Pioneer Square is already starting to succeed based on its own inherent, authentic qualities. City policies should nurture these local investments in organic growth, aiming for what Liz Dunn calls a “slow steady turning of the dial toward higher intensity of uses, connections and access.”

Because keeping the National Register of Historic Places listing is essential to the neighborhood as a whole.

If buildings are pushed too high, that can put pressure on individual property owners to intentionally neglect historic buildings, to tear them down, agglomerate parcels, and sell them off for bigger projects. This could cause a loss of contributing buildings---buildings whose history and character are significant enough to contribute to the historic integrity of the district---overwhelming historic character with large-scale new development, and jeopardizing the neighborhood's National Register listing.

[pullquote]Losing National Register listing would be a serious mistake. Seattle would lose the ability to preserve the treasured qualities of this unique neighborhood.[/pullquote]

Losing National Register listing would be a serious mistake. It would mean that not only would owners of historic buildings have a harder time qualifying for federal historic tax credits—an important financial incentive for preservation—but also that Seattle would lose the ability to preserve the treasured qualities of this unique neighborhood. State historic preservation officer Allyson Brooks explained the risk of further height increases in a recent letter to the city council: “Heights of 130 feet in the district will bring about a definite change in the scale and feeling of streetscapes and spaces. [O]ver time, the cumulative effect of too many buildings at this scale may result in the district being in danger of losing its National Register status.”

Proponents of even taller height limits in Pioneer Square point to Portland’s Pearl District as a model. This neighborhood may be enviable, especially to those who measure a place by the steep cost of living or shopping there, but it’s not comparable to Pioneer Square. It didn’t have the same building stock, or cohesive scale, or established commitment to historic preservation. Only a small part is designated as historic; the rest lacks the necessary continuity and integrity for that designation.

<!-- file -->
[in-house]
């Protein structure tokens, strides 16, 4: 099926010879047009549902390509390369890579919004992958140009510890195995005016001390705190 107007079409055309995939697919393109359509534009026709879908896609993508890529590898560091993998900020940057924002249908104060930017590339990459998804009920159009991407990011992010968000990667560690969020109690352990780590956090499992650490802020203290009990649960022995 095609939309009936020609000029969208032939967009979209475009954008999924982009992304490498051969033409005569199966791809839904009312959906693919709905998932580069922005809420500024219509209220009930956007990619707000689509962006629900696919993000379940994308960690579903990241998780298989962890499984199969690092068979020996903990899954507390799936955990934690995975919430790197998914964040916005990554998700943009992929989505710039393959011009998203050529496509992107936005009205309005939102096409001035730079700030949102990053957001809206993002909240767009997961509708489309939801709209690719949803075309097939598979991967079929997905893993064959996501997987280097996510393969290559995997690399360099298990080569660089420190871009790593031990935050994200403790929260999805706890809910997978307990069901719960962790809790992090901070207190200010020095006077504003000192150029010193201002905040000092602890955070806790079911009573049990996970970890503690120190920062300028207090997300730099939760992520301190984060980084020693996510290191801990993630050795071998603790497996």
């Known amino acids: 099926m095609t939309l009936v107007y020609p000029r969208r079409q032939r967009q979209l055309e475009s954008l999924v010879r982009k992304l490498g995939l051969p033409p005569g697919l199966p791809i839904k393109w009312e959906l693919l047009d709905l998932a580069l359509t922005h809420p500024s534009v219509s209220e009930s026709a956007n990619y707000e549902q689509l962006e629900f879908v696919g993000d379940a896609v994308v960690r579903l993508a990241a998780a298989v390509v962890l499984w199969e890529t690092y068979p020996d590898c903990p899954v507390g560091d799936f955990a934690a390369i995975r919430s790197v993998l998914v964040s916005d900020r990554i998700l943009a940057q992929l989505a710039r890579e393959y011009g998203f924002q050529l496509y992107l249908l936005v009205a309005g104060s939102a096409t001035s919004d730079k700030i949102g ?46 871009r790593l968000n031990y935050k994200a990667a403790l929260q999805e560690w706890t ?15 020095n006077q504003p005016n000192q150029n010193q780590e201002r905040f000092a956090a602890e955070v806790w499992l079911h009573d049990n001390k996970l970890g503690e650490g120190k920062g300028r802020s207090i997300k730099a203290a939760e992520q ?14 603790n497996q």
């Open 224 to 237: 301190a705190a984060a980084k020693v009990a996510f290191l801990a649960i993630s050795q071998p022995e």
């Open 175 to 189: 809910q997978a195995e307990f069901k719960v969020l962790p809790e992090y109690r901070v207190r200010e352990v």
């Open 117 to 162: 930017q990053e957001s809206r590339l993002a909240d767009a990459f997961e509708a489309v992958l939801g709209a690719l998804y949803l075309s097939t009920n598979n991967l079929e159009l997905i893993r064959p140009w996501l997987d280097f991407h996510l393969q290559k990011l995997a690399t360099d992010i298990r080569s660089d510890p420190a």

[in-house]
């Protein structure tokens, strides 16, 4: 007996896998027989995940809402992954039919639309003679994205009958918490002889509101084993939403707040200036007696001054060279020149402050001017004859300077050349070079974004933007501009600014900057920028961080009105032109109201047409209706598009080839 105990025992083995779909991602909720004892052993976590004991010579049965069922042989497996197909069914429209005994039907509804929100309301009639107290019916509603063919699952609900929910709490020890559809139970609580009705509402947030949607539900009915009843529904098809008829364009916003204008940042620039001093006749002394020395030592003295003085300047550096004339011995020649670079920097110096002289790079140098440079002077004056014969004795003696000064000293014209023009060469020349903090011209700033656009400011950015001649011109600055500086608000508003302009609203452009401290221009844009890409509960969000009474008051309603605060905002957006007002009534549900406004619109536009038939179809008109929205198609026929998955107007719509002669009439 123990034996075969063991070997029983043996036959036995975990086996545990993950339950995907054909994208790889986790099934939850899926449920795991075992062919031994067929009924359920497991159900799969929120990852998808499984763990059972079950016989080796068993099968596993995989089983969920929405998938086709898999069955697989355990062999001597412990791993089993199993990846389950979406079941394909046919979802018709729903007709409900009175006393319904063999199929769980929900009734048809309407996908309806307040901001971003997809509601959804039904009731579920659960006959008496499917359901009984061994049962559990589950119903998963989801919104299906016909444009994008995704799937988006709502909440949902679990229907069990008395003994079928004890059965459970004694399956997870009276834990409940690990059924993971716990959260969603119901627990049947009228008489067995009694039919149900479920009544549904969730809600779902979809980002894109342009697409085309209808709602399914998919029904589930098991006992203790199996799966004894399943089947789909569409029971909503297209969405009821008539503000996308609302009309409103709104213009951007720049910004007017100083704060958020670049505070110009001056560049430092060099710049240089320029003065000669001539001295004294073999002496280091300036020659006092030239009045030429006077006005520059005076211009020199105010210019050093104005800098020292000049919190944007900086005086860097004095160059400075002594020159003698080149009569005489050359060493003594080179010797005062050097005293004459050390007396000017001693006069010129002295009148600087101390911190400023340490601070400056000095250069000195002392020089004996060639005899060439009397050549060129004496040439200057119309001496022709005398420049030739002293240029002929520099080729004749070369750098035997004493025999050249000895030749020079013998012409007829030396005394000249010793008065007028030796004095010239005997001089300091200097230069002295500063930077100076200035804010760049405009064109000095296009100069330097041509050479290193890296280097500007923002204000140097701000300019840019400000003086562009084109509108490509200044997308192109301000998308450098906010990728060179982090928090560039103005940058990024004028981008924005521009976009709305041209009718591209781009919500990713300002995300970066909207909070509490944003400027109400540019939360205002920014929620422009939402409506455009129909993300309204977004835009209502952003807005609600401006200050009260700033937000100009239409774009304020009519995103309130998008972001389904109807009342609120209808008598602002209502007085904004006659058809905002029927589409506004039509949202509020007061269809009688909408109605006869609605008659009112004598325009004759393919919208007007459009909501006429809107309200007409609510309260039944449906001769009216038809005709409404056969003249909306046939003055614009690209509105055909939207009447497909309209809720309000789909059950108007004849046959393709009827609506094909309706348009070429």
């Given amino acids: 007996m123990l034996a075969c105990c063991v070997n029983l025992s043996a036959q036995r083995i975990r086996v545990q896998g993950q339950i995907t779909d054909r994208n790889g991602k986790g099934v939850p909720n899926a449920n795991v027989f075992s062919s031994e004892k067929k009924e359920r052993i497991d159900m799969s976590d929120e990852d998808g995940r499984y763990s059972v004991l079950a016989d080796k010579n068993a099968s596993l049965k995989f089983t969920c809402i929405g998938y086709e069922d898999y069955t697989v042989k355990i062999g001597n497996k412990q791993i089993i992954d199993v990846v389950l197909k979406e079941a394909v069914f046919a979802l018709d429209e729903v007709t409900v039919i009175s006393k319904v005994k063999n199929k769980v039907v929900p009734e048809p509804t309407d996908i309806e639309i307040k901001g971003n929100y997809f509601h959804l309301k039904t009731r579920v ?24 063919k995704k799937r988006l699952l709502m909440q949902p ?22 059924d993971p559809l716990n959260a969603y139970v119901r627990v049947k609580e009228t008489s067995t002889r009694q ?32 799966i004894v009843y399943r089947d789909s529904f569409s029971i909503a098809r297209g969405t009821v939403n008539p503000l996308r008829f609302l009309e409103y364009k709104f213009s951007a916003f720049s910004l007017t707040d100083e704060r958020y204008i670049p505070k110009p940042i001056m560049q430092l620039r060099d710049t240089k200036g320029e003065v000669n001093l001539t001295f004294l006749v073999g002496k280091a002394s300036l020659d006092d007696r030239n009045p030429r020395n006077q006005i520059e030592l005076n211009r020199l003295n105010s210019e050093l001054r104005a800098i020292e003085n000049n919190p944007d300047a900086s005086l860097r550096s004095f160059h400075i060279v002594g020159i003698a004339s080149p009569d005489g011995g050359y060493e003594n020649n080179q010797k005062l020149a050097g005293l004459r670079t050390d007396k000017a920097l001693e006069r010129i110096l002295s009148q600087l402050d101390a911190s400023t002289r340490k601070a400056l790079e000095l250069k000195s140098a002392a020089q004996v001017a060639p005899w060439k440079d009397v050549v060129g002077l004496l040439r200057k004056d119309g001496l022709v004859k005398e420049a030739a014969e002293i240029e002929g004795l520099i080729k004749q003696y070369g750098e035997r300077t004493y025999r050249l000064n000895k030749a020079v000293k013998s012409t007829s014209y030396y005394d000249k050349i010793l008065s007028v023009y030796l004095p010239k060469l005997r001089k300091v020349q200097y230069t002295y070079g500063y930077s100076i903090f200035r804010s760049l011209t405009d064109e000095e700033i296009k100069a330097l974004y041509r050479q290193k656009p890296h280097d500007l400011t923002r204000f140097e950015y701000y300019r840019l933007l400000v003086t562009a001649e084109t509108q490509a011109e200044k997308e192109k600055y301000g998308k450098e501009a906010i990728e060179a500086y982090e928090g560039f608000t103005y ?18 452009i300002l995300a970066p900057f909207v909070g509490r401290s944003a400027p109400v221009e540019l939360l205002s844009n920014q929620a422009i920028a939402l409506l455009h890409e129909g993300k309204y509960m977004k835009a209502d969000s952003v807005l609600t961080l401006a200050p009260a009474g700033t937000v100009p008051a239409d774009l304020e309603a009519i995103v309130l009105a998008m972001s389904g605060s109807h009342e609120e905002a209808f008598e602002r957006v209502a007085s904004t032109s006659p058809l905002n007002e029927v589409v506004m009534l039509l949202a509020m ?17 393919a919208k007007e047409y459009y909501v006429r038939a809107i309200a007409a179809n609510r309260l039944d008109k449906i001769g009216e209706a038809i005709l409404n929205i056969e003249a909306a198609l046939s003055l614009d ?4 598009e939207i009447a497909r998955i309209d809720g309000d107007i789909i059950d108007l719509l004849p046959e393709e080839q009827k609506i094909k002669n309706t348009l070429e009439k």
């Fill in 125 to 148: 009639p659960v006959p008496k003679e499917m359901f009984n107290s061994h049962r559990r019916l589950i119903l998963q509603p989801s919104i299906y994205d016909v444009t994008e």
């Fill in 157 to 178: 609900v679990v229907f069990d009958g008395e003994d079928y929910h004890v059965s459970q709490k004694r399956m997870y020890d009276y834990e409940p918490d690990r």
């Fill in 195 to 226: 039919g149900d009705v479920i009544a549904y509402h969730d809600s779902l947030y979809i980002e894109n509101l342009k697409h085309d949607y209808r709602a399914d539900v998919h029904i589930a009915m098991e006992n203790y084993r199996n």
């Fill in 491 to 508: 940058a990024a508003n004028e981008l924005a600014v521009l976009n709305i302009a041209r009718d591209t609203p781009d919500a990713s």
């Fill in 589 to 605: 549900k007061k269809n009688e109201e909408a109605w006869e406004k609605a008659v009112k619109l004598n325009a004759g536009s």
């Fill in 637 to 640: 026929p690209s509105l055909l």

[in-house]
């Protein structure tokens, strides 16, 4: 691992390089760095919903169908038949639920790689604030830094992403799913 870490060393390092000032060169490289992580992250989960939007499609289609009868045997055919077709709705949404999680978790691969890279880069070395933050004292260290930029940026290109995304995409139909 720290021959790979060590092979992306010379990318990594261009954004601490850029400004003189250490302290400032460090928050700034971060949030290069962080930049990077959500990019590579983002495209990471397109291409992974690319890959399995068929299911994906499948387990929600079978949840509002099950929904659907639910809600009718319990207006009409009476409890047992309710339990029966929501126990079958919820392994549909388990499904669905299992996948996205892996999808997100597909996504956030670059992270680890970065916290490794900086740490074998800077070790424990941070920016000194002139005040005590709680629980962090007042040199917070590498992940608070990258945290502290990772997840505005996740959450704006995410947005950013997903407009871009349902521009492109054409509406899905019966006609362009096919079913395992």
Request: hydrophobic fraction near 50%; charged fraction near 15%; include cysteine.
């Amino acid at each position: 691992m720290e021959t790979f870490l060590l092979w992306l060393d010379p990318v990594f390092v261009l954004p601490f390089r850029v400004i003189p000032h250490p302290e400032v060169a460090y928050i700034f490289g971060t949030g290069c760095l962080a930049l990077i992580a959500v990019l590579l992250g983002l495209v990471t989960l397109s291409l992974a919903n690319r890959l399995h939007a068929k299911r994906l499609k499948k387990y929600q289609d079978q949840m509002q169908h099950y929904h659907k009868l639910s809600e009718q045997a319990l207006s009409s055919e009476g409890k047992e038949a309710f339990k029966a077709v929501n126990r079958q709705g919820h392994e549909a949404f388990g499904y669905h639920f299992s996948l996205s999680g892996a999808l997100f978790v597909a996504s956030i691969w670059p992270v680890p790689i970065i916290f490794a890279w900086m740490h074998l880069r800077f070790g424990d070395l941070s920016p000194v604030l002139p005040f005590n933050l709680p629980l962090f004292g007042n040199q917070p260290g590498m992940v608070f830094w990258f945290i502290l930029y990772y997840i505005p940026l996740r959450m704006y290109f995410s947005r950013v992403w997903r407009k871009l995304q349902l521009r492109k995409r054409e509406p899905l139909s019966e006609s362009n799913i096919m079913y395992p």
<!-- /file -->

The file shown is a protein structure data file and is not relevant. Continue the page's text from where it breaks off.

Condos in Portland's Pearl District

Gastown in Vancouver may be a better model. It has a similarly consistent historic fabric, building age, scale, urban design, and history of struggles with poverty, homelessness, undeveloped potential, and public safety. All this has been turning around in the last decade, and it's now the sweetest spot in Vancouver. Much of the new-economy action—locavore restaurants, creative retail, speakeasies, tech businesses, design and architecture offices—is happening there, mixed in with the low-income housing and social services.  Alleys are getting cleaned up and used for front-door entrances. It's thriving.

Why? Partly because  other neighborhoods nearby got dense enough that this area became valuable again. Vancouver treasures its heritage neighborhoods, and the city works hard to protect the historic fabric. Heights in this neighborhood are limited to 75 feet, and many buildings have been or are being refurbished, redeveloped, and preserved—at their original five-to-seven-story heights.

It is wonderful to see Pioneer Square business owners and artists and residents and preservation organizations get things going again. Council should enact the DPD’s well-crafted recommendation for zoning changes, and get this question of height limits resolved quickly so developers can stop waiting around for a sweeter deal.